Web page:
A rainbow flag waves at the starting line of a Pride Observance Month 5K run at Joint Base Langley-Eustis, Virginia, June 21, 2019.

A rainbow flag waves at the starting line of a Pride Observance Month 5K run at Joint Base Langley-Eustis, Virginia, June 21, 2019. (Monica Roybal/U.S. Air Force)

By the time Rhett Chalk died in 2020 from wounds he sustained in Vietnam, his partner of 44 years, Lawrence Vilord, had been providing him with round-the-clock care for well over a decade. At first, Vilord was relieved to learn that the Department of Veterans Affairs provides special death benefits to long-time spouses who cared for their disabled partners. Relieved, that is, until Vilord discovered that he didn’t qualify because the VA didn’t consider his and Chalk’s 44-year same-sex relationship “legally valid.”

Vilord was among thousands of veteran families who cheered the VA’s recent announcement that it will stop discriminating against survivors of LGBTQ+ veterans. Vilord, whom we have represented at Harvard Law School’s Veterans Law Clinic since 2020, had challenged VA policies that deprived him of survivor benefits because he was able to marry only after the Supreme Court’s 2015 decision in Obergefell v. Hodges. 

As Vilord’s student attorneys, we were thrilled that his case helped bring about overdue changes that LGBTQ+ service members and their families have long been fighting for. Then we read the fine print.

Unfortunately, the VA’s new approach is not the complete fix it initially appeared. Instead, VA continues to deprive thousands of LGBTQ+ survivors of benefits they would have received if they were heterosexual.

This Veterans Day, we call on VA to remove the remaining barriers that stand between LGBTQ+ survivors and the government benefits these military families have earned. VA can, and must, do better.  

The U.S. military’s anti-LGBTQ+ history extends back to its origins in the Revolutionary War, when Gen. George Washington dismissed Lt. Frederick Enslin from the Continental Army for sodomy in 1778. As recently as 2011, gay, lesbian, and bisexual service members lived in a constant state of fear under the “don’t ask, don’t tell” policy, concealing the identities of their partners at doctor’s appointments, on deployment care package addresses, and when renting or buying homes.

VA‘s policy change exacerbates, rather than remediates, some of those vestiges of discrimination. VA will now require same-sex survivors to document a “marriage-like” relationship to receive benefits – expecting the same service members who concealed their relationships to suddenly supply evidence of a public-facing “marriage.”

Even more concerning, VA mandates that same-sex couples entered a “legally valid” marriage within two years of the Obergefell ruling. This means that survivors who didn’t marry their partner in that narrow window – including all those whose spouses had died before 2015 – are forever deprived of benefits. 

Finally, VA will pay survivor benefits only beginning in October 2022, rather than applying the policy retroactively. For a survivor whose spouse passed away five years ago, that amounts to tens of thousands of dollars she would have received if she had been in a heterosexual relationship. VA’s inexplicable decision to withhold all retroactive benefits merely highlights how VA’s policy change is more about generating favorable headlines than making LGBTQ+ survivors like Vilord whole again.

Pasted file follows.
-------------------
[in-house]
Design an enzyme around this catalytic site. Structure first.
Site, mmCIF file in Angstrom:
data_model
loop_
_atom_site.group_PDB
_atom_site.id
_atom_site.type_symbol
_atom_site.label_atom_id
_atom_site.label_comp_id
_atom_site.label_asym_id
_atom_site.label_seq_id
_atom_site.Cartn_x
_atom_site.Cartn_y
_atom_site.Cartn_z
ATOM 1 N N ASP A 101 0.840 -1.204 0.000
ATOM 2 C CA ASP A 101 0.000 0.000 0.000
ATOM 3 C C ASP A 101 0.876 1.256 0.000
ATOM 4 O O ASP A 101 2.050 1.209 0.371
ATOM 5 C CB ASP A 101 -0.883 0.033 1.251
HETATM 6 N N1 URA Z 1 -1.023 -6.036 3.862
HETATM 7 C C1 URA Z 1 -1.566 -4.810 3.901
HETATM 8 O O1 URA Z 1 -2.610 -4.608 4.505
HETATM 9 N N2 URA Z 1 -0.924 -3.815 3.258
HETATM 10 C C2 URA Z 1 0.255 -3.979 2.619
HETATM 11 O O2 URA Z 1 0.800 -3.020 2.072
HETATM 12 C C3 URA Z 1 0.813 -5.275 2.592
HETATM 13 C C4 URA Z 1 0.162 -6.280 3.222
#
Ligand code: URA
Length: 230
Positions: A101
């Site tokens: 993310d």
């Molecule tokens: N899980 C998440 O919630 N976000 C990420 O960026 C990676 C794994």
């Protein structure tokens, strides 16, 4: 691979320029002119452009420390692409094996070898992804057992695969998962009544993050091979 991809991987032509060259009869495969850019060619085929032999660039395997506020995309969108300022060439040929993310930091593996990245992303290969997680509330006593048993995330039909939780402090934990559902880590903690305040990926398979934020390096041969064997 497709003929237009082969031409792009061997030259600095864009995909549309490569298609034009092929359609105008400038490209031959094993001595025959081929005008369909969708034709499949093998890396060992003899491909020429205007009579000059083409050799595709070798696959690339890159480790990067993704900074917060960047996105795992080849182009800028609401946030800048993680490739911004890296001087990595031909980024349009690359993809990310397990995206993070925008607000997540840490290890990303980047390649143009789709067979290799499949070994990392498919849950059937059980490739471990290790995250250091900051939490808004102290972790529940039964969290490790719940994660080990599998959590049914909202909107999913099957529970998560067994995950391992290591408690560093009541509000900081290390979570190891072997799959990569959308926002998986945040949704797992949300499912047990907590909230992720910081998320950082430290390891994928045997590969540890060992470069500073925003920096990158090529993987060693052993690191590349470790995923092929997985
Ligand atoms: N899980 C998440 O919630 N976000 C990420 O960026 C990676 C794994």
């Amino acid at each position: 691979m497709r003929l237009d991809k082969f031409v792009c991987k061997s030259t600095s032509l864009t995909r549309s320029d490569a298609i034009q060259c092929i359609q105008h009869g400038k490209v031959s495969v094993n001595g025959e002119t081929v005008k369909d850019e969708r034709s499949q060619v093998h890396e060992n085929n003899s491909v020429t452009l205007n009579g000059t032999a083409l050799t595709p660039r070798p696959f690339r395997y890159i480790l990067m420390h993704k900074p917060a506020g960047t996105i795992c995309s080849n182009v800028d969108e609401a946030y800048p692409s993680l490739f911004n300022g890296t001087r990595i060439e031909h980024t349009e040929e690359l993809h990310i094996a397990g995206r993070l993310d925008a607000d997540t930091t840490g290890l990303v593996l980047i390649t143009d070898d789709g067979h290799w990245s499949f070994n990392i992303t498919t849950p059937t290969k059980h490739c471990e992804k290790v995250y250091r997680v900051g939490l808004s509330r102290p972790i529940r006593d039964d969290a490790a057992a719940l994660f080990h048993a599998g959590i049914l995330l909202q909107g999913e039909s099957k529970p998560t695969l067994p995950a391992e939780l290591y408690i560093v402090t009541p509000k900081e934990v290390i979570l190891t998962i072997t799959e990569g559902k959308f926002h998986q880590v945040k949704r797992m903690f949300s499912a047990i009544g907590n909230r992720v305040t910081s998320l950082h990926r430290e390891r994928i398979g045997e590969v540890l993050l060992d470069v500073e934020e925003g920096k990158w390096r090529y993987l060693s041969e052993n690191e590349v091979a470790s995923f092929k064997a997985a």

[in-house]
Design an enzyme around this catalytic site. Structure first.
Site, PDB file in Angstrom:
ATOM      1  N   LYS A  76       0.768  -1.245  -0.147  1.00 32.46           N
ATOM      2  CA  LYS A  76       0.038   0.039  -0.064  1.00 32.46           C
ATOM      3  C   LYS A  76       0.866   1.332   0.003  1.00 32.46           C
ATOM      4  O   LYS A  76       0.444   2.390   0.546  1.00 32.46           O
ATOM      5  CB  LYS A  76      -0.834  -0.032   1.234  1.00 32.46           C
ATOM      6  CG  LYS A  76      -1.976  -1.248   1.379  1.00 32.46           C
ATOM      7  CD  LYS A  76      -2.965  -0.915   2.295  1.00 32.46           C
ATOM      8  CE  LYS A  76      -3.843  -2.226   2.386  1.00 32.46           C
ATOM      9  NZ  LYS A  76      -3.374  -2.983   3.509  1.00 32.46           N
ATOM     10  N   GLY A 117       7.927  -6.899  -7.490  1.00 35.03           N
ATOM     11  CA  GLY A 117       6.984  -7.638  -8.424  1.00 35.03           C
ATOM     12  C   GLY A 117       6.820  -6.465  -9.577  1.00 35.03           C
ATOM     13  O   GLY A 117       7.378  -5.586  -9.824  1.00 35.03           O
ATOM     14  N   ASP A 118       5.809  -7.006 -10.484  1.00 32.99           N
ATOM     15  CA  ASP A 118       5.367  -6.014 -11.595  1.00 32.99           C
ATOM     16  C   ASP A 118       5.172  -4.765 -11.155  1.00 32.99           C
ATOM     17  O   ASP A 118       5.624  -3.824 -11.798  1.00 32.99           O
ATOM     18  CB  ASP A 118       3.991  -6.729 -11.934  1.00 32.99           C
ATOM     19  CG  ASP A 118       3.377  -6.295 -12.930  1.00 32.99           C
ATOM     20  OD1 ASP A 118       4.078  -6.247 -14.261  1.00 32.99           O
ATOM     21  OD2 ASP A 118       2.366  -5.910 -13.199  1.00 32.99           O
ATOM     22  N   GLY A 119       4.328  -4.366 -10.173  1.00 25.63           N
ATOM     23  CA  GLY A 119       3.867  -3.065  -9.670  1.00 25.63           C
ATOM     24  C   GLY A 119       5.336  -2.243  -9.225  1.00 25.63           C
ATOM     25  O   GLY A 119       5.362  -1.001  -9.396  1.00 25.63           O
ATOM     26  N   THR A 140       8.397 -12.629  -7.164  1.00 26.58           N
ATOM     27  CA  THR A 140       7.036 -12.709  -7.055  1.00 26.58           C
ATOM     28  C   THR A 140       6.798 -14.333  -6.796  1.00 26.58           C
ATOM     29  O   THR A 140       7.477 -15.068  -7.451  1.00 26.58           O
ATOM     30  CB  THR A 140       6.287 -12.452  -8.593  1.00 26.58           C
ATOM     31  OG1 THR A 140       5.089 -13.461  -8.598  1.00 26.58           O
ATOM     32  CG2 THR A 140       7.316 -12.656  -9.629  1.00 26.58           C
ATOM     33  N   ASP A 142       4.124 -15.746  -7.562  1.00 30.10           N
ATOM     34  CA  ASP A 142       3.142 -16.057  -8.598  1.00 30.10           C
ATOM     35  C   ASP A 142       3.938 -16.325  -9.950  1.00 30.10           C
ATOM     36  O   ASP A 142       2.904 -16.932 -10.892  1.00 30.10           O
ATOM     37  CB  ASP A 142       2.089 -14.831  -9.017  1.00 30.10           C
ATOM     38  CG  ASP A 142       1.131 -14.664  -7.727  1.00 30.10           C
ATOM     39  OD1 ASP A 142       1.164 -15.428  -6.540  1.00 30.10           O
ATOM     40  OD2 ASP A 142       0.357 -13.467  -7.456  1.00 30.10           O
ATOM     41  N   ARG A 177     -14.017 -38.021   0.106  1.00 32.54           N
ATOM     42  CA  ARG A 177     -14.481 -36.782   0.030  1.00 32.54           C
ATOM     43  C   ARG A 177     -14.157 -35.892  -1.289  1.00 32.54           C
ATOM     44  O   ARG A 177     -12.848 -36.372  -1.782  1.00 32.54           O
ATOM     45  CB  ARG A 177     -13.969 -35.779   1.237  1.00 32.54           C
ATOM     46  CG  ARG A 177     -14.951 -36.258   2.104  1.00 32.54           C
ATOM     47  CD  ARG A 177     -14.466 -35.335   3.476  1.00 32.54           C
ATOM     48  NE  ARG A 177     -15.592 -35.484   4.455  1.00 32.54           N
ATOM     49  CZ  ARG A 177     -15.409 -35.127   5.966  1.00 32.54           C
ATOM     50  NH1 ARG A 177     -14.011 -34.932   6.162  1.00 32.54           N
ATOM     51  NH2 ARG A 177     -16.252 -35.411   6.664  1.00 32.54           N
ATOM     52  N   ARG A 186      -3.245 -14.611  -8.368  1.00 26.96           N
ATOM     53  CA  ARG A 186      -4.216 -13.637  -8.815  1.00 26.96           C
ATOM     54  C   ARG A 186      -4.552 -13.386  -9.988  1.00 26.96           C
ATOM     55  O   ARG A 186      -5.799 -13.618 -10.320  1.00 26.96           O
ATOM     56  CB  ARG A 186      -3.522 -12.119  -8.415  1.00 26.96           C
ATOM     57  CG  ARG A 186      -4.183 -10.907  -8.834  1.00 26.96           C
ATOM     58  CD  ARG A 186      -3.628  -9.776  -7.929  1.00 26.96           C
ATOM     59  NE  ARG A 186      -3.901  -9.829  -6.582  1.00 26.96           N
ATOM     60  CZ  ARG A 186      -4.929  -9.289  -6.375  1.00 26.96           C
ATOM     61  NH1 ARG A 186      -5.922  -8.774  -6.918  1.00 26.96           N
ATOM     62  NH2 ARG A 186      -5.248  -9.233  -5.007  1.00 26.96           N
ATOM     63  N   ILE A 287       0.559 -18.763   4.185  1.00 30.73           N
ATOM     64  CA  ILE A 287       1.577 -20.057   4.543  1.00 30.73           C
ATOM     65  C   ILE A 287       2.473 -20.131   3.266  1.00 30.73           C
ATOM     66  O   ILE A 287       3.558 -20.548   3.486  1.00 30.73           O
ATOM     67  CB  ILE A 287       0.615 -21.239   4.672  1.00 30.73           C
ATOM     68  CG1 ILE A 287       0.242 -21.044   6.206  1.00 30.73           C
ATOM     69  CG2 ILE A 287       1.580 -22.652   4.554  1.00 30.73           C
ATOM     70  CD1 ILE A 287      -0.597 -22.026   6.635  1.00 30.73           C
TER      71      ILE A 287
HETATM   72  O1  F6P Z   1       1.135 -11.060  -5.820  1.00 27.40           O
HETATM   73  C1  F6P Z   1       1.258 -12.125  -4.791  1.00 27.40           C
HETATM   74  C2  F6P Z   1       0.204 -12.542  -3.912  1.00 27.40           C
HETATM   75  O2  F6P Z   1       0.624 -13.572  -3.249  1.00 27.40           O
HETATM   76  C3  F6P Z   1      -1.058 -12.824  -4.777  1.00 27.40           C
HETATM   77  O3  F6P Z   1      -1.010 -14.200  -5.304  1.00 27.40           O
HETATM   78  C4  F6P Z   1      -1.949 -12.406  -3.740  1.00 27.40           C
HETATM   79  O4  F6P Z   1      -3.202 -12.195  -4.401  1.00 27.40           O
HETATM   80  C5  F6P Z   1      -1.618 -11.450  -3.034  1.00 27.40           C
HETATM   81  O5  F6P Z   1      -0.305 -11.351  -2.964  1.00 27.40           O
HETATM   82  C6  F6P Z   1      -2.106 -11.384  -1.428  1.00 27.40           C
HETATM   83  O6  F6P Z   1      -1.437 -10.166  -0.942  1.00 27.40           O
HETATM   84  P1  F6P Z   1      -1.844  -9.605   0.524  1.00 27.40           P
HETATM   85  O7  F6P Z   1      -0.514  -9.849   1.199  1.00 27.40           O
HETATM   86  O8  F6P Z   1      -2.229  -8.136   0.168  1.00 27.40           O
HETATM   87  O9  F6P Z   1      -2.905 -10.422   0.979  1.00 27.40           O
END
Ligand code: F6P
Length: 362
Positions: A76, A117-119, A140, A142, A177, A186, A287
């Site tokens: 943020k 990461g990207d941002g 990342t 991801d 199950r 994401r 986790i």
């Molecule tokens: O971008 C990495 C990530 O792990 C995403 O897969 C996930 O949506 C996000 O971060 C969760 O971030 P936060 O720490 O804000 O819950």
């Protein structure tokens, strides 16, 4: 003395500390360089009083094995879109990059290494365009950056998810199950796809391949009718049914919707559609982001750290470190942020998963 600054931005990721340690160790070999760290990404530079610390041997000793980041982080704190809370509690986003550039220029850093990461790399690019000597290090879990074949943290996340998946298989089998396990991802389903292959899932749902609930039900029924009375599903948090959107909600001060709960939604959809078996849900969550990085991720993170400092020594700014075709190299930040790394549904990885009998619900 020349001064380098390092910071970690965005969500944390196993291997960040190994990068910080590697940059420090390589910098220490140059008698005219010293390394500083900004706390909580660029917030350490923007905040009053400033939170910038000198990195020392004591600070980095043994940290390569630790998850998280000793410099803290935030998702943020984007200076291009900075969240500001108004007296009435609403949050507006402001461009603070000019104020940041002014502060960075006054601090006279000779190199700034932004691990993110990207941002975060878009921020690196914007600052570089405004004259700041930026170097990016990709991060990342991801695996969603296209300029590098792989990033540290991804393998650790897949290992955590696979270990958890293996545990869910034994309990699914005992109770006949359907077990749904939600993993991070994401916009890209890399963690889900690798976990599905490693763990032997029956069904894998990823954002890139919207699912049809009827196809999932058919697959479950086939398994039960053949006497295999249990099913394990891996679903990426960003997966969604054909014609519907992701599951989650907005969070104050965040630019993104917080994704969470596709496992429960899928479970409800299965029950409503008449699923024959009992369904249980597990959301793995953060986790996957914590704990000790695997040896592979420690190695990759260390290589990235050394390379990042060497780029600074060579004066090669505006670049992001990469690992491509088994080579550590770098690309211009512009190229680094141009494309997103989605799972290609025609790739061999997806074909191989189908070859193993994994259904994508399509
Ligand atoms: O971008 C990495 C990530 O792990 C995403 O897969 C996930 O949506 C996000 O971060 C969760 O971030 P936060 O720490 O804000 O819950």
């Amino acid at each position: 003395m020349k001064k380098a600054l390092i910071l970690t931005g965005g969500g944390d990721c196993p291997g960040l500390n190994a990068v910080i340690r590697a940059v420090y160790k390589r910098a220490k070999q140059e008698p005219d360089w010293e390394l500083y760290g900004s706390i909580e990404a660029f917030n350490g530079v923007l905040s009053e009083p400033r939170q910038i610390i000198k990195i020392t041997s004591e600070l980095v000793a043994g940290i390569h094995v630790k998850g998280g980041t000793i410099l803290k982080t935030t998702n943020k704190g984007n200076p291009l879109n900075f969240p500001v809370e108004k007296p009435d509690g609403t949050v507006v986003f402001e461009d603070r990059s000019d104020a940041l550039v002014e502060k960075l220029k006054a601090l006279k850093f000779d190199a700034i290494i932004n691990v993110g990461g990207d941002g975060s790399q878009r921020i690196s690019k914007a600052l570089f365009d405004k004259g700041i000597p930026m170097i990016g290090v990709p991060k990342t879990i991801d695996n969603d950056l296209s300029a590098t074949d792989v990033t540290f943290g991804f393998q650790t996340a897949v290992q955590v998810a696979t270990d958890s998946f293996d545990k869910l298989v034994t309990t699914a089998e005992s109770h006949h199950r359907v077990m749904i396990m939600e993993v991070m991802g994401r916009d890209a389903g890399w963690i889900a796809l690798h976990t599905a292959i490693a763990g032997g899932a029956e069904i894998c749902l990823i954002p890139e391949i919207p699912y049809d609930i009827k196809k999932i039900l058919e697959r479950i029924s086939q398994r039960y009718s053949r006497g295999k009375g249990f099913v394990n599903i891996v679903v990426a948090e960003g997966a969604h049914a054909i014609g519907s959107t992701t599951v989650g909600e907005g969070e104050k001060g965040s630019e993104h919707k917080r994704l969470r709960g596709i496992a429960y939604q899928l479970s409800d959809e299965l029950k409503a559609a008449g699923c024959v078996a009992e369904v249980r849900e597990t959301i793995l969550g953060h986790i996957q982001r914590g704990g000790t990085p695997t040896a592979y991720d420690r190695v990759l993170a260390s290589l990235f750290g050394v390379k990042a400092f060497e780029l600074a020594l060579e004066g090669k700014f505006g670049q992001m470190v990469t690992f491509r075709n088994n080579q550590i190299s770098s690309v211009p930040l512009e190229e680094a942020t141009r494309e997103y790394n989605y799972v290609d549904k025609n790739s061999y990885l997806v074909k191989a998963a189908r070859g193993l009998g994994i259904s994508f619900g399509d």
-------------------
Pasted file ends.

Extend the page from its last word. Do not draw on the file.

VA’s inadequate efforts to alert the LGBTQ+ survivor community to this new policy, meanwhile, will severely hamper any impact this change may have. Recent research affirms how persistent discrimination against LGBTQ+ veterans continues to isolate this population from the larger veteran community, contributing to rates of depression and suicidal ideation that are double those among heterosexual veterans. 

Simultaneously, LGBTQ+ veterans have disassociated themselves from their military past to find shelter within the LGBTQ+ community, which has struggled to embrace these veterans and their military background precisely because of the military’s history of discrimination and mistreatment. Trapped in this “double closet,” LGBTQ+ veterans are unlikely to learn about this new policy in the absence of a concerted outreach and awareness campaign -- something VA has shown no eagerness to pursue.

VA can solve many of these problems. It should set clear, inclusive and broad criteria for adjudication of same-sex survivor benefits, factoring in the many challenges that same-sex veterans have faced in sustaining outwardly “marriage-like” relationships. It should abolish its “legal marriage” requirement for survivors whose spouses died before 2017. And it must extend retroactive application of these benefits to properly remediate past discrimination. 

On this Veterans Day, we call on the VA to honor all veterans and their families, including Rhett Chalk and Lawrence Vilord, by amending its new policy and treating LGBTQ+ veterans and their loved ones no different from any of their brothers and sisters in arms. Only then will their sacrifices, and justice more broadly, be served.

Nathan Lowry and David Paul are second-year students at Harvard Law School. Mr. Lowry served in the U.S. Marine Corps in Afghanistan. They are student attorneys in the Law School’s Veterans Law Clinic, where they represent veterans and military families.

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